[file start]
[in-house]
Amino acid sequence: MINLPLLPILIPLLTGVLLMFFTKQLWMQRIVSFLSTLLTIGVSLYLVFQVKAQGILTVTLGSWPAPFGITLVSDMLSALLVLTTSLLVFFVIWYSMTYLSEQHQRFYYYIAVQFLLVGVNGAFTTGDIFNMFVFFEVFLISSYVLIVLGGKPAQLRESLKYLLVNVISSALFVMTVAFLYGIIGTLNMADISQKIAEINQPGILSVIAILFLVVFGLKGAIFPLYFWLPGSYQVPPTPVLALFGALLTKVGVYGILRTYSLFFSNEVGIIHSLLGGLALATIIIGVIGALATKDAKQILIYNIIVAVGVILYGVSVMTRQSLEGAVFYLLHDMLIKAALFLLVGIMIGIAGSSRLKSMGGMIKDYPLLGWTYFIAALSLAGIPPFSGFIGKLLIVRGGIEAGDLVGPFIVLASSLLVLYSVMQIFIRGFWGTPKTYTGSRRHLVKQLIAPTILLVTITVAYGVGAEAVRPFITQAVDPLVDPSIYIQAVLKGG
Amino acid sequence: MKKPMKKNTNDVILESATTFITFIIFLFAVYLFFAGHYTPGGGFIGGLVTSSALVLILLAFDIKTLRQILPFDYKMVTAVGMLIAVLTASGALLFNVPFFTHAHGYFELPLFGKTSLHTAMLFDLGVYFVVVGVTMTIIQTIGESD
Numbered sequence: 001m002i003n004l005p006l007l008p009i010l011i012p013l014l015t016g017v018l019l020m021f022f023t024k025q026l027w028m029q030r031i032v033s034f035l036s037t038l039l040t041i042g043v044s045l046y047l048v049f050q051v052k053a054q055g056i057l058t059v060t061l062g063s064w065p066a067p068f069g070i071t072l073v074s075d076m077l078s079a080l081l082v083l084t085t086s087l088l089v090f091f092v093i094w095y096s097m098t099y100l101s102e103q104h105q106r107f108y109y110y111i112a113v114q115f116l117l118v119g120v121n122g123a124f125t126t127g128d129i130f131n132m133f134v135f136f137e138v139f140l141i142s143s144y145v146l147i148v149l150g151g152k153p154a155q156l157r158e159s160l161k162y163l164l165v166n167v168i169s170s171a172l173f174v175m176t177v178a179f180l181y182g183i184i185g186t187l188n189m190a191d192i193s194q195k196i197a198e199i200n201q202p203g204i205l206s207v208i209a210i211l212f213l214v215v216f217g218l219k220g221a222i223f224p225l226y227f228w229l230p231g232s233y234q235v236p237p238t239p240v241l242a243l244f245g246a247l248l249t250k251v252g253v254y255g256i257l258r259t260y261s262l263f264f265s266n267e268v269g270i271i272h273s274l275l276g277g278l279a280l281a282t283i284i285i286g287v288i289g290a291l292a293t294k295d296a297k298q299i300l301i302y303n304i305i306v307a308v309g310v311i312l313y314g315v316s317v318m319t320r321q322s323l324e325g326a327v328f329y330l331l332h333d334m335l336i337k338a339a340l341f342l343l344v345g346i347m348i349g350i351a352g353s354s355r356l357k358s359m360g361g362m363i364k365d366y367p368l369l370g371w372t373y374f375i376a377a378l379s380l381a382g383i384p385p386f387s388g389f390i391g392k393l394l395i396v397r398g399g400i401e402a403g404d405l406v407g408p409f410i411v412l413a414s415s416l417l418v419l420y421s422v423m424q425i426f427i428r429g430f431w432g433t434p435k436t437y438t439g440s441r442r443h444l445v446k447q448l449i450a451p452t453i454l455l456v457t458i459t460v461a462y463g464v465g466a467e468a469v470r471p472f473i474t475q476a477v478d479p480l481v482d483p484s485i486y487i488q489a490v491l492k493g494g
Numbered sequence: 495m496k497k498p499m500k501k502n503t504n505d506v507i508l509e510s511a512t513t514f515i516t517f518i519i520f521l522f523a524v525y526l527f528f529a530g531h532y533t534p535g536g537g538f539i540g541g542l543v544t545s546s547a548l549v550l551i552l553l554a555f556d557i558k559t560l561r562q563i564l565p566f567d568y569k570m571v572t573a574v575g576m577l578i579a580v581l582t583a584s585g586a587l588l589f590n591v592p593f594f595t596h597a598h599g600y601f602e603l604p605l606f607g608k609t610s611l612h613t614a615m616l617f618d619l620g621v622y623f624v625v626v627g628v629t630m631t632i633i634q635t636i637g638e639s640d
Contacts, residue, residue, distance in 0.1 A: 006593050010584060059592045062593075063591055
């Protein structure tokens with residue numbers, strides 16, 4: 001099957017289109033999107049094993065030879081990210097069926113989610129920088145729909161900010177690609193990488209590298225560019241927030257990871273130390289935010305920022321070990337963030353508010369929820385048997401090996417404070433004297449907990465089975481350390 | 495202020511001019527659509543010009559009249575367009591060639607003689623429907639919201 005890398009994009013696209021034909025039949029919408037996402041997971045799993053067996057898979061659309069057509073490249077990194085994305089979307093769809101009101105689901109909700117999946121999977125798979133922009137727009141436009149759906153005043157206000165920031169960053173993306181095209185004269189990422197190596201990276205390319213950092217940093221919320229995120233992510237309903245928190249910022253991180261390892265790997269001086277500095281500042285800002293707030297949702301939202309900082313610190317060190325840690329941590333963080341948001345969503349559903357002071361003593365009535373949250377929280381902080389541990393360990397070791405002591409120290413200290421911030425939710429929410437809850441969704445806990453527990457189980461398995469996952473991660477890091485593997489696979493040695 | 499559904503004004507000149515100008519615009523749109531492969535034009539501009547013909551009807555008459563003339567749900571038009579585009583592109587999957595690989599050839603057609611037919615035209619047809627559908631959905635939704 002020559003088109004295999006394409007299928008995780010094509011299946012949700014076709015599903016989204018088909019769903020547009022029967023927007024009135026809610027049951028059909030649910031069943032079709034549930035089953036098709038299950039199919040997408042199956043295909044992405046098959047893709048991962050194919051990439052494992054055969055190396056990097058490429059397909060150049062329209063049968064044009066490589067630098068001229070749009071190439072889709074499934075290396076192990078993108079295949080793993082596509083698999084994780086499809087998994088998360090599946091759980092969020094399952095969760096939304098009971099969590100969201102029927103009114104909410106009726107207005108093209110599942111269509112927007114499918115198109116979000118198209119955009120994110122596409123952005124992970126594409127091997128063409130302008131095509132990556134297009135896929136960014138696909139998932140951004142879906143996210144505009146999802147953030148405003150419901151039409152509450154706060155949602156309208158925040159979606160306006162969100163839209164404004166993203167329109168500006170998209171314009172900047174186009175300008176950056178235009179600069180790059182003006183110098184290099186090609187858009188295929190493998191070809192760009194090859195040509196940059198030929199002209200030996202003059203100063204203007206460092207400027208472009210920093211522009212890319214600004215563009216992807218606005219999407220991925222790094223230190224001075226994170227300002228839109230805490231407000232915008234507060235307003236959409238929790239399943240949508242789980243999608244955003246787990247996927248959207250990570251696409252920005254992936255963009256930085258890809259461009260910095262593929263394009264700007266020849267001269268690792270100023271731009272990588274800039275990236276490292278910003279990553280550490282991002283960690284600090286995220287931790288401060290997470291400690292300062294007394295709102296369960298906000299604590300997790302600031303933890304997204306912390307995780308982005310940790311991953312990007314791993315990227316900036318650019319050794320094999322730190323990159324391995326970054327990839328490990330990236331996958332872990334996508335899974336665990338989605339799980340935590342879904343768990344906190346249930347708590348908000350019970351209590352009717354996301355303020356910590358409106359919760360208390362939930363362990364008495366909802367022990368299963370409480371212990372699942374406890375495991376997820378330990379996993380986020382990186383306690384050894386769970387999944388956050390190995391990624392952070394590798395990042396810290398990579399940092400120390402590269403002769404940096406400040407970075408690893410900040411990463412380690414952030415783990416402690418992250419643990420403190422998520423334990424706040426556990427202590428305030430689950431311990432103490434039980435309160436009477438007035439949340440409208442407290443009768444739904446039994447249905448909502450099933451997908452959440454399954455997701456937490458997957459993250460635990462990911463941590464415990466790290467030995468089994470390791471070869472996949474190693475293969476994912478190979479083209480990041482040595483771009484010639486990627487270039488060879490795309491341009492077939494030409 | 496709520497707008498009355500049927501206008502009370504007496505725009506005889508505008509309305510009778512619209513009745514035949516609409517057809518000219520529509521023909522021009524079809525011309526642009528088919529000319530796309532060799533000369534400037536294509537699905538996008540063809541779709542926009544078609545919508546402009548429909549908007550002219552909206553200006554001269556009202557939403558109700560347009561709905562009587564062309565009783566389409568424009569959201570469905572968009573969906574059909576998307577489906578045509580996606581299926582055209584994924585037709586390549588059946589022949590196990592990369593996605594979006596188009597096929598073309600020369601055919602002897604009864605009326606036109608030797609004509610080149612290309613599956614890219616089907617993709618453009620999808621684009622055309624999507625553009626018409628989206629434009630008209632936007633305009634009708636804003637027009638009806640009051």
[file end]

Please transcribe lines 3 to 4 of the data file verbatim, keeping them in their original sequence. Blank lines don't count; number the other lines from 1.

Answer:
Amino acid sequence: MKKPMKKNTNDVILESATTFITFIIFLFAVYLFFAGHYTPGGGFIGGLVTSSALVLILLAFDIKTLRQILPFDYKMVTAVGMLIAVLTASGALLFNVPFFTHAHGYFELPLFGKTSLHTAMLFDLGVYFVVVGVTMTIIQTIGESD
Numbered sequence: 001m002i003n004l005p006l007l008p009i010l011i012p013l014l015t016g017v018l019l020m021f022f023t024k025q026l027w028m029q030r031i032v033s034f035l036s037t038l039l040t041i042g043v044s045l046y047l048v049f050q051v052k053a054q055g056i057l058t059v060t061l062g063s064w065p066a067p068f069g070i071t072l073v074s075d076m077l078s079a080l081l082v083l084t085t086s087l088l089v090f091f092v093i094w095y096s097m098t099y100l101s102e103q104h105q106r107f108y109y110y111i112a113v114q115f116l117l118v119g120v121n122g123a124f125t126t127g128d129i130f131n132m133f134v135f136f137e138v139f140l141i142s143s144y145v146l147i148v149l150g151g152k153p154a155q156l157r158e159s160l161k162y163l164l165v166n167v168i169s170s171a172l173f174v175m176t177v178a179f180l181y182g183i184i185g186t187l188n189m190a191d192i193s194q195k196i197a198e199i200n201q202p203g204i205l206s207v208i209a210i211l212f213l214v215v216f217g218l219k220g221a222i223f224p225l226y227f228w229l230p231g232s233y234q235v236p237p238t239p240v241l242a243l244f245g246a247l248l249t250k251v252g253v254y255g256i257l258r259t260y261s262l263f264f265s266n267e268v269g270i271i272h273s274l275l276g277g278l279a280l281a282t283i284i285i286g287v288i289g290a291l292a293t294k295d296a297k298q299i300l301i302y303n304i305i306v307a308v309g310v311i312l313y314g315v316s317v318m319t320r321q322s323l324e325g326a327v328f329y330l331l332h333d334m335l336i337k338a339a340l341f342l343l344v345g346i347m348i349g350i351a352g353s354s355r356l357k358s359m360g361g362m363i364k365d366y367p368l369l370g371w372t373y374f375i376a377a378l379s380l381a382g383i384p385p386f387s388g389f390i391g392k393l394l395i396v397r398g399g400i401e402a403g404d405l406v407g408p409f410i411v412l413a414s415s416l417l418v419l420y421s422v423m424q425i426f427i428r429g430f431w432g433t434p435k436t437y438t439g440s441r442r443h444l445v446k447q448l449i450a451p452t453i454l455l456v457t458i459t460v461a462y463g464v465g466a467e468a469v470r471p472f473i474t475q476a477v478d479p480l481v482d483p484s485i486y487i488q489a490v491l492k493g494g